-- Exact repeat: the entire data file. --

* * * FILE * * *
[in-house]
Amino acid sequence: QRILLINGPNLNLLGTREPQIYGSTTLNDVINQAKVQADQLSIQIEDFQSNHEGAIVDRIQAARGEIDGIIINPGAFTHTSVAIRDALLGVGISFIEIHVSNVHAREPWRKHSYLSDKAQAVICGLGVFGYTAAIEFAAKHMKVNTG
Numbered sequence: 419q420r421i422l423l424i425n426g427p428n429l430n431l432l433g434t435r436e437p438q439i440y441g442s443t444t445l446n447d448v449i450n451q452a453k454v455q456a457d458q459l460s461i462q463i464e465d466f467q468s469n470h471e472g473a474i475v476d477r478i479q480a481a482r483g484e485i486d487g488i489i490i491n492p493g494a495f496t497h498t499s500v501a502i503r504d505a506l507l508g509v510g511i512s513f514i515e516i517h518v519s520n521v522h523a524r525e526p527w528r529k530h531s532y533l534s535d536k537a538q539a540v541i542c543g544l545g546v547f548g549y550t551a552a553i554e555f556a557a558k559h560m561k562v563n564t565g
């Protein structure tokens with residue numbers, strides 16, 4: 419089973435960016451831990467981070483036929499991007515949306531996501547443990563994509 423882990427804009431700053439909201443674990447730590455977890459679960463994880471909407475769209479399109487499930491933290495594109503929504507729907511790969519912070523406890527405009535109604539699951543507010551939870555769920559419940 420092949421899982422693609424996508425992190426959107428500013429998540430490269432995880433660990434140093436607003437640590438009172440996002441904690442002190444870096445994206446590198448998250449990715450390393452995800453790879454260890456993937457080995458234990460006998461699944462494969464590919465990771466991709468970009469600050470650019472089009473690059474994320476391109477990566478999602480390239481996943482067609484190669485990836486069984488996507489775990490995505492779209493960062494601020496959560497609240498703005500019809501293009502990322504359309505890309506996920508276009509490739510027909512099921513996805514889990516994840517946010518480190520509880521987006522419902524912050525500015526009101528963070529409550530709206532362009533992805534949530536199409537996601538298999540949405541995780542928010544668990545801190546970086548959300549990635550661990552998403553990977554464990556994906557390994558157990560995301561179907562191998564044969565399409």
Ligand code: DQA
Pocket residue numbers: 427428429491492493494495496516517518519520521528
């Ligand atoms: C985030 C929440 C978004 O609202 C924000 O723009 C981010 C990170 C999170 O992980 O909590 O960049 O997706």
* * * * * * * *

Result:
[in-house]
Amino acid sequence: QRILLINGPNLNLLGTREPQIYGSTTLNDVINQAKVQADQLSIQIEDFQSNHEGAIVDRIQAARGEIDGIIINPGAFTHTSVAIRDALLGVGISFIEIHVSNVHAREPWRKHSYLSDKAQAVICGLGVFGYTAAIEFAAKHMKVNTG
Numbered sequence: 419q420r421i422l423l424i425n426g427p428n429l430n431l432l433g434t435r436e437p438q439i440y441g442s443t444t445l446n447d448v449i450n451q452a453k454v455q456a457d458q459l460s461i462q463i464e465d466f467q468s469n470h471e472g473a474i475v476d477r478i479q480a481a482r483g484e485i486d487g488i489i490i491n492p493g494a495f496t497h498t499s500v501a502i503r504d505a506l507l508g509v510g511i512s513f514i515e516i517h518v519s520n521v522h523a524r525e526p527w528r529k530h531s532y533l534s535d536k537a538q539a540v541i542c543g544l545g546v547f548g549y550t551a552a553i554e555f556a557a558k559h560m561k562v563n564t565g
């Protein structure tokens with residue numbers, strides 16, 4: 419089973435960016451831990467981070483036929499991007515949306531996501547443990563994509 423882990427804009431700053439909201443674990447730590455977890459679960463994880471909407475769209479399109487499930491933290495594109503929504507729907511790969519912070523406890527405009535109604539699951543507010551939870555769920559419940 420092949421899982422693609424996508425992190426959107428500013429998540430490269432995880433660990434140093436607003437640590438009172440996002441904690442002190444870096445994206446590198448998250449990715450390393452995800453790879454260890456993937457080995458234990460006998461699944462494969464590919465990771466991709468970009469600050470650019472089009473690059474994320476391109477990566478999602480390239481996943482067609484190669485990836486069984488996507489775990490995505492779209493960062494601020496959560497609240498703005500019809501293009502990322504359309505890309506996920508276009509490739510027909512099921513996805514889990516994840517946010518480190520509880521987006522419902524912050525500015526009101528963070529409550530709206532362009533992805534949530536199409537996601538298999540949405541995780542928010544668990545801190546970086548959300549990635550661990552998403553990977554464990556994906557390994558157990560995301561179907562191998564044969565399409």
Ligand code: DQA
Pocket residue numbers: 427428429491492493494495496516517518519520521528
């Ligand atoms: C985030 C929440 C978004 O609202 C924000 O723009 C981010 C990170 C999170 O992980 O909590 O960049 O997706």